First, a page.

In its fourth annual report on the global diamond industry, Bain & Company forecasts a solid outlook for diamond demand, but cautions that access to diamond financing, particularly for the middle market, could hamper future market growth.
The rollercoaster trajectory of the diamond market in recent years showed signs of moderating in 2013, with a 2 percent to 4 percent growth at every point along the value chain. Looking ahead to the next decade, the outlook should remain strong, as long as the industry can step up its focus on driving demand and sustaining a positive image for the market. However, macroeconomic uncertainties, coupled with industry challenges, including dwindling access to financing – one of the biggest hurdles facing the diamond value chain’s middle market – could impact future growth; this according to the fourth annual global diamond industry report, “Diamonds: Timeless Gems in a Changing World,” developed by Bain & Company and the Antwerp World Diamond Centre (AWDC).
Bain’s research found the diamond industry’s growth last year was centered primarily in the U.S., China and India. The U.S. reconfirmed its position as the world’s leading diamond retail market, powered by economic growth of approximately 2 percent – a big improvement from the 1.6 percent decline posted during and immediately after the global financial crisis. Meanwhile, India and China continued to dominate the cutting and polishing and jewelry manufacturing sectors, respectively.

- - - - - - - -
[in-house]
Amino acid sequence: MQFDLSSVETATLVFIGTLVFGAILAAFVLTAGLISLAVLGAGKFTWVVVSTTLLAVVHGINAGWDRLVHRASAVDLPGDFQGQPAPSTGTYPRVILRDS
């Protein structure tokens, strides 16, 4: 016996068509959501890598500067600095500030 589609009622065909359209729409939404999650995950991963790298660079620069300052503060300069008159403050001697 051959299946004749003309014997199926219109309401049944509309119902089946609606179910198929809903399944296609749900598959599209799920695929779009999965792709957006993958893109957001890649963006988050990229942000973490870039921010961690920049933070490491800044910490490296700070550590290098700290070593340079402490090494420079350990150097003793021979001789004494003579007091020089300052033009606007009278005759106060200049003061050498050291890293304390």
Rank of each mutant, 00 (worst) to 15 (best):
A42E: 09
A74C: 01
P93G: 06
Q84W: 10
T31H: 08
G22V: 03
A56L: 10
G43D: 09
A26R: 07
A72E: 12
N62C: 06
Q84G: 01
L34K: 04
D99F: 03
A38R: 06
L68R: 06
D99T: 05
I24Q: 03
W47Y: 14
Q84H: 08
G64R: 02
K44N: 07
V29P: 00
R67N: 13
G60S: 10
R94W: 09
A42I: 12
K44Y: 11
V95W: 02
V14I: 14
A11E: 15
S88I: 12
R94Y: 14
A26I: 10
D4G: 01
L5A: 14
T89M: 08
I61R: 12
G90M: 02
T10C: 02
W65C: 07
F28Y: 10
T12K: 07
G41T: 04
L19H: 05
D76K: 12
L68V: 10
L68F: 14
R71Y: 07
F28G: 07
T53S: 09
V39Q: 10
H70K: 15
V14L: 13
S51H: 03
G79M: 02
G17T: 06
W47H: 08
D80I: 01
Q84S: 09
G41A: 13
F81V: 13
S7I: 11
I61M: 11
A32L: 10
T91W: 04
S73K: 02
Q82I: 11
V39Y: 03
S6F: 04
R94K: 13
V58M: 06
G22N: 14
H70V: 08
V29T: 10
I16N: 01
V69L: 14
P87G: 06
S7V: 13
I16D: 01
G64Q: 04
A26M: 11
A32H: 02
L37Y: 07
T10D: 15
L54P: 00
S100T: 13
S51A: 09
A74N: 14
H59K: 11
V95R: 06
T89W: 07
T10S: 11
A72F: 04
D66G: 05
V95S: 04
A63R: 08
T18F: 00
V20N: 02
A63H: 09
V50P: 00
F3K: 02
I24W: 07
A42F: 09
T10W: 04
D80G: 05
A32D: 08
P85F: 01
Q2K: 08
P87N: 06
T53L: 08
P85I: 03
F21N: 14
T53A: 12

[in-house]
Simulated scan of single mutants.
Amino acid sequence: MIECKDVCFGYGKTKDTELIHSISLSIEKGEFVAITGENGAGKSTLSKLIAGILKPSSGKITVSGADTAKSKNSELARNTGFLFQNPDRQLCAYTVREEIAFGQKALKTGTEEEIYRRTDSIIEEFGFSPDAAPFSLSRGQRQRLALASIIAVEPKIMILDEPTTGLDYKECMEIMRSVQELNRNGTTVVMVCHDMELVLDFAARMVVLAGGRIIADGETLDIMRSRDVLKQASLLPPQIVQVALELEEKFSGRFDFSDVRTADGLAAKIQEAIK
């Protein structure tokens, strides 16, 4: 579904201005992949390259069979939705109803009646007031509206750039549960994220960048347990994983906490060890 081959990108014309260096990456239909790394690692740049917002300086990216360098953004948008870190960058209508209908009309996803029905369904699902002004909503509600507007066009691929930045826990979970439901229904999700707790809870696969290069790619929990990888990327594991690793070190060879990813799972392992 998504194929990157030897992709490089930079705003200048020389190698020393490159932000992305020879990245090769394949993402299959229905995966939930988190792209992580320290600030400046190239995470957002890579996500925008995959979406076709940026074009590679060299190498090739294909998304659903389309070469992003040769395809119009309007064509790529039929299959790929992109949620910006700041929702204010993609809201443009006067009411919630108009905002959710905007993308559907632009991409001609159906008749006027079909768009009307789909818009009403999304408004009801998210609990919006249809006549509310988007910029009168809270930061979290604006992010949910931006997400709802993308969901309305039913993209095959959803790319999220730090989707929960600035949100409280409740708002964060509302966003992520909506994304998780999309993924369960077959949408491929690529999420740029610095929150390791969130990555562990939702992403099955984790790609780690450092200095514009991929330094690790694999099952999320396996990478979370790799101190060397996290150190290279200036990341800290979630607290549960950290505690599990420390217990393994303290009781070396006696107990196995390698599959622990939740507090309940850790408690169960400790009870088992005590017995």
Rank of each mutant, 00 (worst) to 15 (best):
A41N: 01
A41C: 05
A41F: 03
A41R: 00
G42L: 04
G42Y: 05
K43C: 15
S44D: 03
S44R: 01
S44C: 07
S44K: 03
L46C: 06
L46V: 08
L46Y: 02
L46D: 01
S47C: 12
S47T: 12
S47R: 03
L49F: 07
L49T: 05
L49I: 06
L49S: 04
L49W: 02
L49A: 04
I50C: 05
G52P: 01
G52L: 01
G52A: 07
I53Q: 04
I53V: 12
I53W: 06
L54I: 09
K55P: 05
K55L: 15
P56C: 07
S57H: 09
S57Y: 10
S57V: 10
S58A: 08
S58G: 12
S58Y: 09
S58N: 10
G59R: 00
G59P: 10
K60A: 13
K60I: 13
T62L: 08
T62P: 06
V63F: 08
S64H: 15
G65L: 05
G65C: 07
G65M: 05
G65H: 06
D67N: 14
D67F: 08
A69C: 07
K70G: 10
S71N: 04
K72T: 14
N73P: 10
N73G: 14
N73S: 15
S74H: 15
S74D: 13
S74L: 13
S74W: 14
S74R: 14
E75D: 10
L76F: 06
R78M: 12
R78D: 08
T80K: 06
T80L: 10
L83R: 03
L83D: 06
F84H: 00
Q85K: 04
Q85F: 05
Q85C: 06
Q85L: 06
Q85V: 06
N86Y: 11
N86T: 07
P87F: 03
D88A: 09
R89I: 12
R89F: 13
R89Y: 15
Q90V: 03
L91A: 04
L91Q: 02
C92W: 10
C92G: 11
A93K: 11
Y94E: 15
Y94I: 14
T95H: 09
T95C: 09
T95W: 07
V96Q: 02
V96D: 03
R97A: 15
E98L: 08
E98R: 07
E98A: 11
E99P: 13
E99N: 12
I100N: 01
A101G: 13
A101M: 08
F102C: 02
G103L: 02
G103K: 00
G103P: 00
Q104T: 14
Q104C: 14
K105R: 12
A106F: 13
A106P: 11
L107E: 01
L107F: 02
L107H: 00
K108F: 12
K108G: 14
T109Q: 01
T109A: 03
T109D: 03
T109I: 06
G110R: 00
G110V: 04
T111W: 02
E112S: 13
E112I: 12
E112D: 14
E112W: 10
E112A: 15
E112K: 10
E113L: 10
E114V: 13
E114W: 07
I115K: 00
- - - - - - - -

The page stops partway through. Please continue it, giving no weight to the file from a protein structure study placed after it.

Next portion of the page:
Despite the industry’s rebound, persistent macroeconomic uncertainties are spurring questions around diamond demand dynamics in these markets and worldwide.
“The economic peaks and valleys that the global diamond market experienced over the last few years are steady, at least for the time being, but the industry cannot afford to get too comfortable,” said Olya Linde, the lead author of the global diamond industry report and a Bain partner. “Macroeconomics, along with other factors – financing, marketing challenges, undisclosed synthetic diamonds, environmental concerns, social awareness, and even country-specific preferences – stand in the way of an easy, straight path to sustained diamond industry growth over the long-term.”
Bain anticipates that beginning in 2019 the global diamond market is poised to experience a widening gap of up to 5 to 6 percentage points, due to dwindling diamond supply and increased demand led by expanding wealth and a growing middle class in developed and developing countries alike.
Please find the complete study at : Diamonds: Timeless gems in a changing world